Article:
chimeras. Chimeras and repeats are removed before the final assembly of the genome fragments. Using mathematical models, the fragments are joined. To join contigs, the
fragments with larger nucleotide sequence overlap are joined first.
ii. Automated Identification of Genes
After the contigs are joined, the next issue is to identify the protein coding regions or ORFs
(open reading frames) in the genomes. The identification of ORFs is based on the
principles described earlier. The two programs which are used are GLIMMER and
iii. Identifying gene function: searching and alignment
After identifying the ORFs, the next step is to annotate the genes with proper structure
and function. The function of the gene has been identified using popular sequence search
and pair-wise gene alignment techniques. The four most popular algorithms used for
functional annotation of the genes are BLAST, BLOSUM, ClustalX, and SMART
iv. Three-dimensional (3D) structure modeling
A protein may exist under one or more conformational states depending upon its
interaction with other proteins. Under a stable conformational state certain regions of the
protein are exposed for protein-protein or protein-DNA interactions. Since the function is
also dependent upon exposed active sites, protein function can be predicted by matching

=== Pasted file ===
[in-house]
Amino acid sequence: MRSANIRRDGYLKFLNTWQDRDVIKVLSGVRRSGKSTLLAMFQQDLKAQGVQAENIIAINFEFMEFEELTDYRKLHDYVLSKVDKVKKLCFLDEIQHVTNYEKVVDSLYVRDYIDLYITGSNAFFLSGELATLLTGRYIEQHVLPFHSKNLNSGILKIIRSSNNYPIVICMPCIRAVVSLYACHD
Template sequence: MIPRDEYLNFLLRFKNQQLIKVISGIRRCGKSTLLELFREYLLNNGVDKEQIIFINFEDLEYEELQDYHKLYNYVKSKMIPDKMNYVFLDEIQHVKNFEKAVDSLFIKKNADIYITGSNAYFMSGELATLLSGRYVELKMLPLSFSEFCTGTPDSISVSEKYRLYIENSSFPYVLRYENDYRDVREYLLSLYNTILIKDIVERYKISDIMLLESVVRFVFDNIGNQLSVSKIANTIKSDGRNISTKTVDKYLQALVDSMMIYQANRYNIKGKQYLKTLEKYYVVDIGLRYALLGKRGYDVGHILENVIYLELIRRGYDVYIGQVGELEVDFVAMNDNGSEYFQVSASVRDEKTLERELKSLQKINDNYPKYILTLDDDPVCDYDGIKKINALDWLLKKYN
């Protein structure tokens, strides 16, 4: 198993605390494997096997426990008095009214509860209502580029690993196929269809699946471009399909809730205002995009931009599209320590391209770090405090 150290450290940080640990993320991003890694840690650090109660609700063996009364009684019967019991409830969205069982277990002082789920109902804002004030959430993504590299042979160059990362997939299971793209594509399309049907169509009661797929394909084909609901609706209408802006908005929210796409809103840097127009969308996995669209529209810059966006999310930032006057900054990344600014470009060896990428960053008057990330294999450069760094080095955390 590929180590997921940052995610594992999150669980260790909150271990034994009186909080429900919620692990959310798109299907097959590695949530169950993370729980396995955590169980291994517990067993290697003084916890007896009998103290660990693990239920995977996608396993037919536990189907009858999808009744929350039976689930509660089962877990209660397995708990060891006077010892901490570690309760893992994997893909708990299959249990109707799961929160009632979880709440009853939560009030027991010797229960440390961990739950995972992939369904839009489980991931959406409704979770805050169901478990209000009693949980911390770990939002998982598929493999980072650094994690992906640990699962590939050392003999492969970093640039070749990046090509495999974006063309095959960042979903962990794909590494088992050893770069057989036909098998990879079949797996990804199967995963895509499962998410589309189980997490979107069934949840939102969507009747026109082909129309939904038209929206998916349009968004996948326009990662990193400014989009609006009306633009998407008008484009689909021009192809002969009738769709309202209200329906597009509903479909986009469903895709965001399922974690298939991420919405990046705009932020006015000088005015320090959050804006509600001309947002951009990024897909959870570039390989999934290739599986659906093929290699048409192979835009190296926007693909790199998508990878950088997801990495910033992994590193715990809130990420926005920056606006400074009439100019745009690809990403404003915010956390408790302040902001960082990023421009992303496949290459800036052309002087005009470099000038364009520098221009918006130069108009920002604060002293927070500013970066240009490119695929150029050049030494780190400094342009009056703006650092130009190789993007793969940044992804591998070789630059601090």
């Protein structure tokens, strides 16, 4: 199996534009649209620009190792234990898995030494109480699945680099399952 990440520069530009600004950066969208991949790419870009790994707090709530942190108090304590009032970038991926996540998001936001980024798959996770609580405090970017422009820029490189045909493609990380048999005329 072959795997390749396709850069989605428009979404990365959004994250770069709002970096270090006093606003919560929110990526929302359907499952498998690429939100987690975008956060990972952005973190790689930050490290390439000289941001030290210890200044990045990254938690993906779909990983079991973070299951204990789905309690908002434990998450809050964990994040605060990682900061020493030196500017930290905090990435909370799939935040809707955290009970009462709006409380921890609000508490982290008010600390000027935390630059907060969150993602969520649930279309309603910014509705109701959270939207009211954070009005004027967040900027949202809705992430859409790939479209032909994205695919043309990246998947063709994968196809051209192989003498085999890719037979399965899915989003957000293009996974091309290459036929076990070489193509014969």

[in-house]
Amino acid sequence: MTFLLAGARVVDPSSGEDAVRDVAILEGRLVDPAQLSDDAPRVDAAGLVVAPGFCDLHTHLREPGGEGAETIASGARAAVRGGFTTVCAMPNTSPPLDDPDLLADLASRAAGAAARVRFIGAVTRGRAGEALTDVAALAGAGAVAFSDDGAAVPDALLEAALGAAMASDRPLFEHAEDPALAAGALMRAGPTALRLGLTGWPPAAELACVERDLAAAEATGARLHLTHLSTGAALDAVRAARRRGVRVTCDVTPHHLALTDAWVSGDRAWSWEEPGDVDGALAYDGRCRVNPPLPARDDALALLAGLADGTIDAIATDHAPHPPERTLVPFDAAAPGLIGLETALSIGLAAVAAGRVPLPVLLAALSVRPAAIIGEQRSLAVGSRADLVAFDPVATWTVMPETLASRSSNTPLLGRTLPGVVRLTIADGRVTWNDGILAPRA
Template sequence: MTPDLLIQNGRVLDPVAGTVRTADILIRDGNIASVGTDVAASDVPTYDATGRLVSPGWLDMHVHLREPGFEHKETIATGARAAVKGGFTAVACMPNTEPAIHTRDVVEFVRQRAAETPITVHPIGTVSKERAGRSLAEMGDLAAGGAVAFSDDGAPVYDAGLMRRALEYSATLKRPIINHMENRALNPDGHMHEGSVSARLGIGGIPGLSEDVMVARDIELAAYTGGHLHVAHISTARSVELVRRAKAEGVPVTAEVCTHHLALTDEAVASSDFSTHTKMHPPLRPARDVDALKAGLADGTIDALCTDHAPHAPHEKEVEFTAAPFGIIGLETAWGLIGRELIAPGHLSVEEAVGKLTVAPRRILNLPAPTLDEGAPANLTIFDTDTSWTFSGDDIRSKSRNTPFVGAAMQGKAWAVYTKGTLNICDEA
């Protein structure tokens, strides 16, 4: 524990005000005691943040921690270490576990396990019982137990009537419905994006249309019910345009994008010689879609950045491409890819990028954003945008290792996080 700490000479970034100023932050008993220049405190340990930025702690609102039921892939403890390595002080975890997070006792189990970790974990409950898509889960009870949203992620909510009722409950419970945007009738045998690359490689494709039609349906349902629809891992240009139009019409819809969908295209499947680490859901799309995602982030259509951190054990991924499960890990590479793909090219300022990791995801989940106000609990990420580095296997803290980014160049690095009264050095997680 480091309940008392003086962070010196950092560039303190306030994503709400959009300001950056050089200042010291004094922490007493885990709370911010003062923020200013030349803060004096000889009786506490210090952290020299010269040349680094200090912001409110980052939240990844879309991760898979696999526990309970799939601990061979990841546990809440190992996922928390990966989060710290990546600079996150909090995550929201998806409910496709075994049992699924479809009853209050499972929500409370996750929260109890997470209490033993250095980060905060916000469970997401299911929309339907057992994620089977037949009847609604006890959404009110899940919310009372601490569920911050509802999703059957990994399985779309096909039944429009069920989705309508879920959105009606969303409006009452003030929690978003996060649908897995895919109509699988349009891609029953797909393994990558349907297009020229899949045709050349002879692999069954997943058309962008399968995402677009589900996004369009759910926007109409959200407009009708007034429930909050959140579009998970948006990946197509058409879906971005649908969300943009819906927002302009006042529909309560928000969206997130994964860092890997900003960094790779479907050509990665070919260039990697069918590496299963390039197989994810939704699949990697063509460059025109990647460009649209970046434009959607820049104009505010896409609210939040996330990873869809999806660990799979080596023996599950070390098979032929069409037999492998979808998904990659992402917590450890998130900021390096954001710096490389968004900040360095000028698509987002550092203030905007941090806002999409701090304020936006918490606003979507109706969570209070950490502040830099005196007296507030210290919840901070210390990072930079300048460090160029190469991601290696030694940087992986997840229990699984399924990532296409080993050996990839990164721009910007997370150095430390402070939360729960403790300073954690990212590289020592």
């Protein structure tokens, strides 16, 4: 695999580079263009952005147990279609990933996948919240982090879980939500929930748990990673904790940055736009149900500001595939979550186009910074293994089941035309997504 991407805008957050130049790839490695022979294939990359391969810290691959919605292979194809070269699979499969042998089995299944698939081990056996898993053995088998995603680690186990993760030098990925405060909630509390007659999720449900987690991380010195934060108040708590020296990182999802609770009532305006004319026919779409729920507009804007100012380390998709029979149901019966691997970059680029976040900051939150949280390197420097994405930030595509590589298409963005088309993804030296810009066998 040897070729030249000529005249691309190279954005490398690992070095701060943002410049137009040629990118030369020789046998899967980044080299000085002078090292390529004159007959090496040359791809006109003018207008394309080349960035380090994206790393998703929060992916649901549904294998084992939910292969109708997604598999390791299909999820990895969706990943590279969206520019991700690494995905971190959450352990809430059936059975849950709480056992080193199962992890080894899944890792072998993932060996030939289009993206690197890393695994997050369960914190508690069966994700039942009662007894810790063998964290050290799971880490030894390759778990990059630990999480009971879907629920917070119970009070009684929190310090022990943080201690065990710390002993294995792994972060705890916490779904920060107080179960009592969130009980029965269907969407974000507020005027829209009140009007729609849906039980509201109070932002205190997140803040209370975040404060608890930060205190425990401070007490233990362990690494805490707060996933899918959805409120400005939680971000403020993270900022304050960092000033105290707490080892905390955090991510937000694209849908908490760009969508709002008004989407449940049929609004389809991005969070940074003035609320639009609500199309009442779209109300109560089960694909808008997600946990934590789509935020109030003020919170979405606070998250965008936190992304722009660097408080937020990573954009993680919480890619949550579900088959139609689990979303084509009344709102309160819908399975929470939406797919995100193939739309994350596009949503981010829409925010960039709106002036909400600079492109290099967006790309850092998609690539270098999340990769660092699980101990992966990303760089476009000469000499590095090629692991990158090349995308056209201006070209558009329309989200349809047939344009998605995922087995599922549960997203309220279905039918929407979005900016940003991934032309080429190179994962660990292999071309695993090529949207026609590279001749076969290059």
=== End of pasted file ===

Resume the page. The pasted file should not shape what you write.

the 3D structure of an unknown protein with the 3D structure of a known protein. With  bioinformatics it is possible to predict the possible conformations of the protein coded for
by a gene and therefore the function of the protein.
v. Pair-wise genome comparison
After the identification of gene-functions, a natural step is to perform pair-wise genome
comparisons. Pair-wise genome comparison of a genome against itself provides the
details of paralogous genes –duplicated genes that have similar sequence with some
variation in function. Pairwise genome comparisons of a genome against other genomes
have been used to identify a wealth of information such as orthologous genes –
functionally equivalent genes diverged in two genomes due to speciation, different types
of gene-groups –adjacent genes that are constrained to occur in close proximity due to
their involvement in some common higher level function, lateral gene-transfer –gene